2002 DFDC Workshop, Nottingham – abstracts

The BGS's SIGMA Project: digital field data capture in a corporate context

Dr Andy Howard, British Geological Survey, Nottingham

The increasing use of information and communications technology for management, interpretation and delivery of geoscientific information and services is the major driver for developing new, more efficient methodologies for digital data capture. Increasingly, geoscientists in industry, academia and geological survey organisations are turning to digital recording of field data as one method of streamlining and enhancing the knowledge capture and delivery process. The SIGMA project (System for Integrated Geoscientific MApping) has been established to update the British Geological Survey's geoscientific mapping processes in the context of these rapidly developing technologies.

Current digitisation programmes in the BGS are focusing on capture of existing published information, principally geological maps at 1:50 000 or smaller scales. The additional cost of post-publication capture generally precludes the digitisation of the source data and interpretations on which these publications are based. To realise the added value of these source data, the BGS is developing an integrated toolkit that will enable, within a seamless digital workflow, the assembly and interrogation of existing information, capture of new data and interpretations and the delivery of digital products and services. Digital field data capture is a critical process within the workflow, and the implementation of suitable tools at an affordable price presents a major development challenge for SIGMA.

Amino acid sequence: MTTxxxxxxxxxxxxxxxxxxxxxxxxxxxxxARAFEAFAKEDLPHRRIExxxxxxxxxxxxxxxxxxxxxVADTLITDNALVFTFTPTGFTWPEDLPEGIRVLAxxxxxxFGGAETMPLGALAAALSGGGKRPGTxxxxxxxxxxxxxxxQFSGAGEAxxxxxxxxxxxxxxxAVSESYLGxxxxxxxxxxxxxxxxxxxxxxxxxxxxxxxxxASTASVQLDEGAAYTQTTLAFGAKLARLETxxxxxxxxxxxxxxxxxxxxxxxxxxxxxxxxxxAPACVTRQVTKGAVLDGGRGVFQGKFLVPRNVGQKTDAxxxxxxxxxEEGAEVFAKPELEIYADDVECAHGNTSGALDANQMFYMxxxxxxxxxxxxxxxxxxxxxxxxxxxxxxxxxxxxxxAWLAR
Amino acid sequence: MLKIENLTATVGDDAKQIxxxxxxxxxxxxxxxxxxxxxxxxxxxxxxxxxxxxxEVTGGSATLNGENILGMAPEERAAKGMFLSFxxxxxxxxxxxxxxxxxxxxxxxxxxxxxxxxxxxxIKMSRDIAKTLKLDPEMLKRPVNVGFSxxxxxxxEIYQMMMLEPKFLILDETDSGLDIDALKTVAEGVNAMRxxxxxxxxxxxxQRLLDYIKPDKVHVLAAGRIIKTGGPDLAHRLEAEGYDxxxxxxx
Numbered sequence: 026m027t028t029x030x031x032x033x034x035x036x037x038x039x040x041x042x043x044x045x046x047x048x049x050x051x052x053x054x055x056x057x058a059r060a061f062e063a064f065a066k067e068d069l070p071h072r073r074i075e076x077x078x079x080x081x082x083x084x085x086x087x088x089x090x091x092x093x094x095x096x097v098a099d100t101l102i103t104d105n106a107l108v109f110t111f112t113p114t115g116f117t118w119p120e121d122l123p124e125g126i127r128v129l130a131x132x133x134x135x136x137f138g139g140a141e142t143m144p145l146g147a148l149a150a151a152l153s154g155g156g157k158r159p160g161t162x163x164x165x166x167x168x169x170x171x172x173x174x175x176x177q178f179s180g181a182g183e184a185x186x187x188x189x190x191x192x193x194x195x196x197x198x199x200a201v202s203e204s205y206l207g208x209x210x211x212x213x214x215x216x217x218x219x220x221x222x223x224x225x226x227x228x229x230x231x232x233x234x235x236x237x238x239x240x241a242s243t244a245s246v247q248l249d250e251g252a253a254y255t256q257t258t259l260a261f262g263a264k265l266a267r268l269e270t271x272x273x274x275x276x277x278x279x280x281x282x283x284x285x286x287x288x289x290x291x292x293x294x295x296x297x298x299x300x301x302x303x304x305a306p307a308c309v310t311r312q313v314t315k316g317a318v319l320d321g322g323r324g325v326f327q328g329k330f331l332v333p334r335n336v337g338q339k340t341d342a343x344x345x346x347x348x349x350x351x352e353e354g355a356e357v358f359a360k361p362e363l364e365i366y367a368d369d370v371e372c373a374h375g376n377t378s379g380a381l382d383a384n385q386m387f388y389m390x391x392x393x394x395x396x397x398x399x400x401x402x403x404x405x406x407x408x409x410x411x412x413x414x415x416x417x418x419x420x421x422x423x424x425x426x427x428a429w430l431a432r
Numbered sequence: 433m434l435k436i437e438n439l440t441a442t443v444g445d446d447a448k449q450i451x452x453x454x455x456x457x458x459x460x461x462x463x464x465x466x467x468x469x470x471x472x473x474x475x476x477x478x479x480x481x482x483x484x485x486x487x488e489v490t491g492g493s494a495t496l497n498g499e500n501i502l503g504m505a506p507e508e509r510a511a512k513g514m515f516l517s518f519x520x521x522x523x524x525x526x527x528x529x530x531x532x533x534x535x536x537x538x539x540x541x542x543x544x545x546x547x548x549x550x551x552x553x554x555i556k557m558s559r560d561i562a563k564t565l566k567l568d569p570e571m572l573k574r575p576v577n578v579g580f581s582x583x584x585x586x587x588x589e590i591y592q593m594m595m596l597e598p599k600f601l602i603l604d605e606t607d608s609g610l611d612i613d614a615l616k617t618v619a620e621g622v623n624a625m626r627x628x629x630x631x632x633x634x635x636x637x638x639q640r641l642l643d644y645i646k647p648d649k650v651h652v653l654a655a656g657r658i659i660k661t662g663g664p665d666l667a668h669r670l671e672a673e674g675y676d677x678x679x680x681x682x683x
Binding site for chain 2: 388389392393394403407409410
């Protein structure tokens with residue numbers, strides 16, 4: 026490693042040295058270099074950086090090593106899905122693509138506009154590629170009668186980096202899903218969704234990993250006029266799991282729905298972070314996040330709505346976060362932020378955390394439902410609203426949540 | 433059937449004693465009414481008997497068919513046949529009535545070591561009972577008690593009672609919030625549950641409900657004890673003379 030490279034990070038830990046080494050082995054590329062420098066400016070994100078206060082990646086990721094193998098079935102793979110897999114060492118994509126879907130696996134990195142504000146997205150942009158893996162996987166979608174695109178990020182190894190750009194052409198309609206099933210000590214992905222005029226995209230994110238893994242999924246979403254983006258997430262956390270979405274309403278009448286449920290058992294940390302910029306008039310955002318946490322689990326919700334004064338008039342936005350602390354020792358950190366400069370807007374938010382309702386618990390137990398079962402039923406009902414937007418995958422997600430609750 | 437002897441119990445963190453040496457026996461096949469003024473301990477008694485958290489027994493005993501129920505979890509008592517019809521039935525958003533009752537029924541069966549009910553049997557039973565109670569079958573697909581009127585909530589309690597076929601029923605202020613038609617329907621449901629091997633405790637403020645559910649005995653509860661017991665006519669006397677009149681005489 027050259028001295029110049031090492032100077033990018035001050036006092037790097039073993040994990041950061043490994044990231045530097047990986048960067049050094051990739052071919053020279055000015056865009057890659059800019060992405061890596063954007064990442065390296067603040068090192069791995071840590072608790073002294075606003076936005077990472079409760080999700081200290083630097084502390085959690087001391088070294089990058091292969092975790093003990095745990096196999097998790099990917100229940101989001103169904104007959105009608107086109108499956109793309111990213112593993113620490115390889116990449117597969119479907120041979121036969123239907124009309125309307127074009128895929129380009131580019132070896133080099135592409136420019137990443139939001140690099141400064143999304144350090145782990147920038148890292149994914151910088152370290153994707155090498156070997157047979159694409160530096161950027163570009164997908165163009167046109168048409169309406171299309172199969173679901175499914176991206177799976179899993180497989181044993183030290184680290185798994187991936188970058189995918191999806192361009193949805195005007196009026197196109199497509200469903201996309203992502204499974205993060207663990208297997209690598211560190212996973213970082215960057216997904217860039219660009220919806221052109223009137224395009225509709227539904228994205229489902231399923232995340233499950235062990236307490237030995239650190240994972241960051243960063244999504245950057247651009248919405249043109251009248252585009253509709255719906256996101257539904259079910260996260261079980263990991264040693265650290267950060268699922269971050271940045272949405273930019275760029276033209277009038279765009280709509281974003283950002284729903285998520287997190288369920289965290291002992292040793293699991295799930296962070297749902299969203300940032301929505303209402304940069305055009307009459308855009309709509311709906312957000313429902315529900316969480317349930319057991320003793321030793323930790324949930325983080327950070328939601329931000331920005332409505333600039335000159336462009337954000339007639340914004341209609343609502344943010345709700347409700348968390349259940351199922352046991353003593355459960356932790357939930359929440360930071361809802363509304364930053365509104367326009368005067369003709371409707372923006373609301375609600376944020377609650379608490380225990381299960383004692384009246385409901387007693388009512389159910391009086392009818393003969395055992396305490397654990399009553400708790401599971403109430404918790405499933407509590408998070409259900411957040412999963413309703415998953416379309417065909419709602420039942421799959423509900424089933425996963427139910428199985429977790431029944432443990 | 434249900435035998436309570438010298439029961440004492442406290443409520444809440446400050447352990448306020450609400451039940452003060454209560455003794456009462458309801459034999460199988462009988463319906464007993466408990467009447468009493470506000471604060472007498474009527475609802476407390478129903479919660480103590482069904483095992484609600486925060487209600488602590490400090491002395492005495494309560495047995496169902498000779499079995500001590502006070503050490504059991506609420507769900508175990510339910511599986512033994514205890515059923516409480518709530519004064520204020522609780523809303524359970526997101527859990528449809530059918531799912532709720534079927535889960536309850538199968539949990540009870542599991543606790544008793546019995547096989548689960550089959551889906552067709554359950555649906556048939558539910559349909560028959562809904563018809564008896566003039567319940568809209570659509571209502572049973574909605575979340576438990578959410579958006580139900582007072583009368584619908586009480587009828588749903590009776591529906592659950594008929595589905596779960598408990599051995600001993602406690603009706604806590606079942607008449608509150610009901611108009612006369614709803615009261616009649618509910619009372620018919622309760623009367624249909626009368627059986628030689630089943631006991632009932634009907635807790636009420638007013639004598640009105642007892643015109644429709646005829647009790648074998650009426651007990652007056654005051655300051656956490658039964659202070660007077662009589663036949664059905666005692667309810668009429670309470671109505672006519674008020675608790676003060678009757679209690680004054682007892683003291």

A well-designed, underpinning framework of best practice will be essential for successful implementation of the toolkit. SIGMA will identify and implement best practice for the complete survey process in BGS, which includes the acquisition and management of existing data and knowledge, evaluation of existing geological models and prioritisation of new surveys, and the output of updated maps, databases and digital geoscientific models. All aspects of the implementation process will be addressed, including development of equipment and software, re-engineering of management systems and work processes, and the introduction of new training and skills development procedures.